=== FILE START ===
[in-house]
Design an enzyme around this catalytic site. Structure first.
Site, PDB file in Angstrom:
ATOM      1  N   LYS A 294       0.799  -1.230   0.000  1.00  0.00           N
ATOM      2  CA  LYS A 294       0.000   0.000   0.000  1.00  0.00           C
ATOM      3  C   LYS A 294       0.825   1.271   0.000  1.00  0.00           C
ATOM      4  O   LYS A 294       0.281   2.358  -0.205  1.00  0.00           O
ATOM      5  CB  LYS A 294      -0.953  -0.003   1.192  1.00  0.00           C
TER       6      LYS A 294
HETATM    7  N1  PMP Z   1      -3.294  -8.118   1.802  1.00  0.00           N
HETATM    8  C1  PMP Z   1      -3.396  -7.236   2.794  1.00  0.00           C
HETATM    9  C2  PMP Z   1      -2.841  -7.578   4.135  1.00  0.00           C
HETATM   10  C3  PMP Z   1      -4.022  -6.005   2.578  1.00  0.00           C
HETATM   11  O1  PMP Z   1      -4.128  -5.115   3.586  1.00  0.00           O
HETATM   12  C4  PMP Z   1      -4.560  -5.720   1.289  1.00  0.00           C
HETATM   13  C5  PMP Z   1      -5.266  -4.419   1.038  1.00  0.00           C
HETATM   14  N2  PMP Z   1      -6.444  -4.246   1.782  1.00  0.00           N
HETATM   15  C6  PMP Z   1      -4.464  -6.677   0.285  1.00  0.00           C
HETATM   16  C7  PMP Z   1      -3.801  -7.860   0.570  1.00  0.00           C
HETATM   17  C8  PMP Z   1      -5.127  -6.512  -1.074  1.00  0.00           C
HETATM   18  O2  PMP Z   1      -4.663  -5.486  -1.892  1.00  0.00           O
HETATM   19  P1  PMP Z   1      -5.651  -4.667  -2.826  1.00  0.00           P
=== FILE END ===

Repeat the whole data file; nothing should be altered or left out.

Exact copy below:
[in-house]
Design an enzyme around this catalytic site. Structure first.
Site, PDB file in Angstrom:
ATOM      1  N   LYS A 294       0.799  -1.230   0.000  1.00  0.00           N
ATOM      2  CA  LYS A 294       0.000   0.000   0.000  1.00  0.00           C
ATOM      3  C   LYS A 294       0.825   1.271   0.000  1.00  0.00           C
ATOM      4  O   LYS A 294       0.281   2.358  -0.205  1.00  0.00           O
ATOM      5  CB  LYS A 294      -0.953  -0.003   1.192  1.00  0.00           C
TER       6      LYS A 294
HETATM    7  N1  PMP Z   1      -3.294  -8.118   1.802  1.00  0.00           N
HETATM    8  C1  PMP Z   1      -3.396  -7.236   2.794  1.00  0.00           C
HETATM    9  C2  PMP Z   1      -2.841  -7.578   4.135  1.00  0.00           C
HETATM   10  C3  PMP Z   1      -4.022  -6.005   2.578  1.00  0.00           C
HETATM   11  O1  PMP Z   1      -4.128  -5.115   3.586  1.00  0.00           O
HETATM   12  C4  PMP Z   1      -4.560  -5.720   1.289  1.00  0.00           C
HETATM   13  C5  PMP Z   1      -5.266  -4.419   1.038  1.00  0.00           C
HETATM   14  N2  PMP Z   1      -6.444  -4.246   1.782  1.00  0.00           N
HETATM   15  C6  PMP Z   1      -4.464  -6.677   0.285  1.00  0.00           C
HETATM   16  C7  PMP Z   1      -3.801  -7.860   0.570  1.00  0.00           C
HETATM   17  C8  PMP Z   1      -5.127  -6.512  -1.074  1.00  0.00           C
HETATM   18  O2  PMP Z   1      -4.663  -5.486  -1.892  1.00  0.00           O
HETATM   19  P1  PMP Z   1      -5.651  -4.667  -2.826  1.00  0.00           P